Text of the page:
OK, but back to the three steals, Ryan, um, exactly how many can we expect this season? Because inquiring minds want/need to know. “Well, 30 would be nice, 40 would be even better,” Braun offered. I think we’d all agree with that statement. Personally, I’d still buy low here and expect a top-10 player.
Of course, two other Brewers do rank among the top 10 on ESPN’s Player Rater. Center fielder Carlos Gomez did not play in the game I attended Saturday, but shortstop Jean Segura did, getting credit for an RBI triple when Phillies right field statue Delmon Young allowed a fly ball to bounce off his glove. Segura did hit the ball far and hard, though, so give him credit. He’s hitting .350, tops in the NL, with eight home runs and 15 stolen bases. To me the power seems likely to regress, but the speed is legit. Like most people, Braun seems impressed with Segura so far.
“Instinctively he’s a very good base runner, a really, really good player,” Braun said of the player who generally precedes him in the top-heavy lineup. “I’m not surprised he’s been that good, I’m surprised with the consistency. It’s pretty amazing. You don’t see many young players come up and be that consistent in all facets of the game. He has a really short, compact swing, his bat path is so short.”
Meanwhile, Milwaukee’s hottest hitter in a very hot Philly weekend was catcher Jonathan Lucroy, a top-15 option at his position on draft day and one of my notable catching sleepers. Of course, Lucroy entered this weekend hitting a mere .229 with three home runs and making little case for fantasy owners to look his way. On Friday night, Lucroy smacked two home runs among five hits overall, then he homered again Saturday and delivered a three-run triple Sunday, just missing a grand slam. Now he’s hitting .259 and it’s a perfect time to stream him this week while he’s thriving, or expect he’s back to top-10 catcher status. Lucroy had eight RBIs this weekend! Remember he hit an impressive .320 and slugged 12 home runs in only 96 games a year ago. I asked Lucroy what went wrong the first two months.
“It’s a matter of having good at-bats and hitting the ball hard somewhere,” he said. “I’ve had some good swings on pretty decent pitches this week. My swing has been feeling better than it has the first two months. I felt really good before I went to the World Baseball Classic [in early March.] I didn’t play a lot over there, so I came back and it was really weird, my timing was kind of messed up. I’ve been trying to find my swing since then. Last week or so I really felt a lot better, made some adjustments.”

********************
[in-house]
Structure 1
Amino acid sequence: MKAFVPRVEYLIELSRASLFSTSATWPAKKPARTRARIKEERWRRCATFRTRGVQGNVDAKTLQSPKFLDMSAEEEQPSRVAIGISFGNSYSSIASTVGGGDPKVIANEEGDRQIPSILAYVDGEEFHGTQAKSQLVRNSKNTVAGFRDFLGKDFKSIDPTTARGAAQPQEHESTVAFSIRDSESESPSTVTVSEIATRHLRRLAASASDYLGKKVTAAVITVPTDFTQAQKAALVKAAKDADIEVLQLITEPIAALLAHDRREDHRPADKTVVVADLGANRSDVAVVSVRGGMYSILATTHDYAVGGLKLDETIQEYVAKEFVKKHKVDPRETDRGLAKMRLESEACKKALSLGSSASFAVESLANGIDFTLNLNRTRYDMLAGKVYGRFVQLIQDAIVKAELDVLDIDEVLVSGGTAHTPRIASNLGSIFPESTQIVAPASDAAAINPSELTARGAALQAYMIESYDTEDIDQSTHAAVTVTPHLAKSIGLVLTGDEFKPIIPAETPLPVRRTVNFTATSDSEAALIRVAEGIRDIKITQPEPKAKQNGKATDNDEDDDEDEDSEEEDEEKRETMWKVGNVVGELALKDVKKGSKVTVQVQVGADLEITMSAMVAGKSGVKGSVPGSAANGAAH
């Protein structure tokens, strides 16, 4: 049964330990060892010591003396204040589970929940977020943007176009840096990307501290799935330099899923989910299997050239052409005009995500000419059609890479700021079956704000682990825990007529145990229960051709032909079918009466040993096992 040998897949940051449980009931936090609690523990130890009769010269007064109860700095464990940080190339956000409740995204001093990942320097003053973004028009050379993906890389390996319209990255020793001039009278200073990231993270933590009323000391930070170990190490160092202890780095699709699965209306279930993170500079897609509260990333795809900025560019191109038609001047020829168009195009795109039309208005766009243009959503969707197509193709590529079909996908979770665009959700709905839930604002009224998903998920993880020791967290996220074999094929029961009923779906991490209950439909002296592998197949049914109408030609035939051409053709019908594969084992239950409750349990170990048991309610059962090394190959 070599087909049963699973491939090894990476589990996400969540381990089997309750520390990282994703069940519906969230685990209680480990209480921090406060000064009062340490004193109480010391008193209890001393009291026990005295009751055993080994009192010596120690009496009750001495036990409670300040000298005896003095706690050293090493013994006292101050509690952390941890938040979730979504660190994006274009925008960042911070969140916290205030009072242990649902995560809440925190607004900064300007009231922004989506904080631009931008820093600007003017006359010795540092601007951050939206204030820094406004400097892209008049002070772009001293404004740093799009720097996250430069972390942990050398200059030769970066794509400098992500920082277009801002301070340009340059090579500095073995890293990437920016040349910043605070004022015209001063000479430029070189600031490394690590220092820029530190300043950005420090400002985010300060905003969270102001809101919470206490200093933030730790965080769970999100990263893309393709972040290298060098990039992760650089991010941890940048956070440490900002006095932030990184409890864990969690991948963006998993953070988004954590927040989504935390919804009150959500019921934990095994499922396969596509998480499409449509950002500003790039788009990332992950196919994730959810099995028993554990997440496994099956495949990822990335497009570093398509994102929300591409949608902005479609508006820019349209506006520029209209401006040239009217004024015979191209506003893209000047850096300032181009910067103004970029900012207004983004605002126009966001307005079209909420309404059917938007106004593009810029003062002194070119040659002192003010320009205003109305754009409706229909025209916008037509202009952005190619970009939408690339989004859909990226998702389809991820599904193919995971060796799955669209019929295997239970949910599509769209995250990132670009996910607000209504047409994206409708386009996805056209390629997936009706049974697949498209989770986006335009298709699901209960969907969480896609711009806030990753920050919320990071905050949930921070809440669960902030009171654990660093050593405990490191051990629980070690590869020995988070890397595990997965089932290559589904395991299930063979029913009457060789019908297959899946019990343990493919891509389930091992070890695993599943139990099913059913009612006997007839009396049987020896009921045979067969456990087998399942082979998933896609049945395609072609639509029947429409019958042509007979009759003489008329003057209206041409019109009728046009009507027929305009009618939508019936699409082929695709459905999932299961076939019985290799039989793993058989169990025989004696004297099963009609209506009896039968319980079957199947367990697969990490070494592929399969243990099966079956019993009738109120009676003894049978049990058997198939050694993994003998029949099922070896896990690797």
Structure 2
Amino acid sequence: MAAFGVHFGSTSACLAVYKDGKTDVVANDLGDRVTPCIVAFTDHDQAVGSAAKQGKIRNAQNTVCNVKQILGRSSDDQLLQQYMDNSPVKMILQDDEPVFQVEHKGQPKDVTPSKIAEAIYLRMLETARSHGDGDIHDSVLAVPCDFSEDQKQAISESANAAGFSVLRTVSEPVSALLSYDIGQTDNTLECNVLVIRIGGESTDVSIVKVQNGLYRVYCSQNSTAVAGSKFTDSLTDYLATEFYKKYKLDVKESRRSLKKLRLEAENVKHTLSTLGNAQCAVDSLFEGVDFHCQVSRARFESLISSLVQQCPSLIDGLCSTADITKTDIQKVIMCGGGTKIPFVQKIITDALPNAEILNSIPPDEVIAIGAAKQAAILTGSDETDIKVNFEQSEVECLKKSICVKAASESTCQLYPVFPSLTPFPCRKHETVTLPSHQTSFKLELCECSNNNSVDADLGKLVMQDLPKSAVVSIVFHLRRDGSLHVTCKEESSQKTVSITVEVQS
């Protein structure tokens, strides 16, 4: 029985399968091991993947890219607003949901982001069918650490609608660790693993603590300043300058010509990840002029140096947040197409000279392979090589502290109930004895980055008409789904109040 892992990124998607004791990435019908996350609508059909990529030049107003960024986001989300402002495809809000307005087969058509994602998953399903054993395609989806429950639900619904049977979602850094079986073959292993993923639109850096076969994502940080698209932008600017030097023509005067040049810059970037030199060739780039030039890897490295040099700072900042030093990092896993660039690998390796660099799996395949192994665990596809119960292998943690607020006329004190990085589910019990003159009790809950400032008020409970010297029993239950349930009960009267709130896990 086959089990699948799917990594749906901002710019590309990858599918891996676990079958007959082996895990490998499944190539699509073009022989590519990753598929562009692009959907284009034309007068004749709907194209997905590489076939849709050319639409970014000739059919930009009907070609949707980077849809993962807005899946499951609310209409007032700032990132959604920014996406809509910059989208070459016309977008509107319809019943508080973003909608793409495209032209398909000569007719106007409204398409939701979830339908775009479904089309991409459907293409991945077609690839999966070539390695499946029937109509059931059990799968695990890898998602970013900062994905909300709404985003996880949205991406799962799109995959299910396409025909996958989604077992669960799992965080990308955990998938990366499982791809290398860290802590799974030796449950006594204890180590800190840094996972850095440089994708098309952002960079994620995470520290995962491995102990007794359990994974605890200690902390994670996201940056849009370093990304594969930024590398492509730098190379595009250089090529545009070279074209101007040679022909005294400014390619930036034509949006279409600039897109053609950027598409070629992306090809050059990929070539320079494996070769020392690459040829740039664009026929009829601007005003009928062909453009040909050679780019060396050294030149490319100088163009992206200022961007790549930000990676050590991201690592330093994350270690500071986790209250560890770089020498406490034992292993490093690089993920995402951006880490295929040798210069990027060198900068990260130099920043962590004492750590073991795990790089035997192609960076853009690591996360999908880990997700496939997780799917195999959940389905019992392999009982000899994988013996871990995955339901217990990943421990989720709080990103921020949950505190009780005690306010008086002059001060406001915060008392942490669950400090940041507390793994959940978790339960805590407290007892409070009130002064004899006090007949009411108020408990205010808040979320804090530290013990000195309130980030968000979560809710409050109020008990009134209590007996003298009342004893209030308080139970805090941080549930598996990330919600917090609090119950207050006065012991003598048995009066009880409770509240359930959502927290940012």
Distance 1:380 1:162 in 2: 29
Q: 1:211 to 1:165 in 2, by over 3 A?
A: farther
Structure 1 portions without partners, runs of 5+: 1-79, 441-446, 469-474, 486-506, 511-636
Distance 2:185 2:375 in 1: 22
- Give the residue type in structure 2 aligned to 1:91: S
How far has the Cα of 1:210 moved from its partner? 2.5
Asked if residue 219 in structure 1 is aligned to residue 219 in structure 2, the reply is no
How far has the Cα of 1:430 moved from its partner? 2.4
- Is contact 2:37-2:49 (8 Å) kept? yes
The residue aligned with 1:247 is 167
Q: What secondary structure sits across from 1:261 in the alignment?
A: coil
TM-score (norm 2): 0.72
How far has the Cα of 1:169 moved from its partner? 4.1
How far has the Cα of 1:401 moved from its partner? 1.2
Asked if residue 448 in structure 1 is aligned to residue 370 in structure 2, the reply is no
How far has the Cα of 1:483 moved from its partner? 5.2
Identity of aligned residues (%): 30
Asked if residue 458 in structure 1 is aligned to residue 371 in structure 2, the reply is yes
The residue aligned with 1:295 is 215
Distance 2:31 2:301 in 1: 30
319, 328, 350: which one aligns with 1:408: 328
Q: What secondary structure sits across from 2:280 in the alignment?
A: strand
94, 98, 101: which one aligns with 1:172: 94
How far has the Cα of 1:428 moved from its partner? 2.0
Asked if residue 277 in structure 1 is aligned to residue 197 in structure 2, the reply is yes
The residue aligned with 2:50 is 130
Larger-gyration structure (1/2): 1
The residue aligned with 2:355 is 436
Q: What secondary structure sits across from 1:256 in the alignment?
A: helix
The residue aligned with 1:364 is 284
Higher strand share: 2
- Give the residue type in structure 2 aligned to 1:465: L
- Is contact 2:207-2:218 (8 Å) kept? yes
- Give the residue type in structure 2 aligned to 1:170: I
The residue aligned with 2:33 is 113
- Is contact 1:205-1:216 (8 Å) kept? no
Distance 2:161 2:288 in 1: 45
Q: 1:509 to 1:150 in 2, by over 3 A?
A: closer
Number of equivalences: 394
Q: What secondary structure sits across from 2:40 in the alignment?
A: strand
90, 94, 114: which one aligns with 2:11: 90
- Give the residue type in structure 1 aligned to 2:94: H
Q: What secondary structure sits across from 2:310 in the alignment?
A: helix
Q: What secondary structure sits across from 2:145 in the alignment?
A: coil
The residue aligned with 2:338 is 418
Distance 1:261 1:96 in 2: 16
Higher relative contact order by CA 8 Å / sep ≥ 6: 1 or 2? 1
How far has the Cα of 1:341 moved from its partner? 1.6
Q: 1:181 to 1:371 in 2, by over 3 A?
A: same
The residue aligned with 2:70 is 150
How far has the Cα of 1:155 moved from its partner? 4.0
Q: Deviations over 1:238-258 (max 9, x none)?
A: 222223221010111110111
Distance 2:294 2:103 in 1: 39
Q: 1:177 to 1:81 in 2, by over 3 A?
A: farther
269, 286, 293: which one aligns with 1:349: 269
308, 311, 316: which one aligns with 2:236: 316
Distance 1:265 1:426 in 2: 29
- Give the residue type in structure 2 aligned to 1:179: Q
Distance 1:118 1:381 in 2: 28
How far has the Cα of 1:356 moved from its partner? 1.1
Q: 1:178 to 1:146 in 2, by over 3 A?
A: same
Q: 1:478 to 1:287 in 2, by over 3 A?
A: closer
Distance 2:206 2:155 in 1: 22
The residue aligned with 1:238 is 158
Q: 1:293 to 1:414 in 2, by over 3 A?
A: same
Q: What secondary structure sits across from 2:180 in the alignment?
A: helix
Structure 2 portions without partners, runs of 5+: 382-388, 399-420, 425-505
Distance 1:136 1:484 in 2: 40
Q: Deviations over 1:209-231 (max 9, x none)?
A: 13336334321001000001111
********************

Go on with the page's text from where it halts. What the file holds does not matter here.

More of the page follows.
Lucroy was definitely fantasy relevant a season ago, finishing ninth among catchers on the Player Rater, but he was right at the top entering June. Lucroy hit .388 in May, then a fluke accident with a suitcase resulted in a broken hand and a DL stint. Lucroy came back and hit .299 after the All-Star break and slugged .513 for the season. It wasn’t out of the question to dream about a .300 batting average with 20 home runs, which is why I liked him as a top-10 catcher even for shallow formats. Last year, Buster Posey and Yadier Molina were the only two catchers to hit 20 home runs and bat .300.
I also asked Lucroy about the long-held notion of catchers tiring in the second half of seasons, because if that’s generally the case -- and obviously there are exceptions, like Posey last year -- then fantasy owners should be realistic in expectations the final months. Lucroy denied that he tired last year, though.
“I think so, I think they possibly can tire,” said Lucroy, whose career batting average in the first half is .286, in the second half .263. “It’s hard to catch all year. Few guys can do it. Yadi [Molina] is one of those guys that can catch every day. It’s tough, though, for those guys to do it. My ultimate goal is to be one of those guys that can catch and perform every day at a high level, something to shoot for. I’m not a big goal guy, but I believe I am a .300-plus hitter. If I go out and do my job, the numbers will be there in the end.”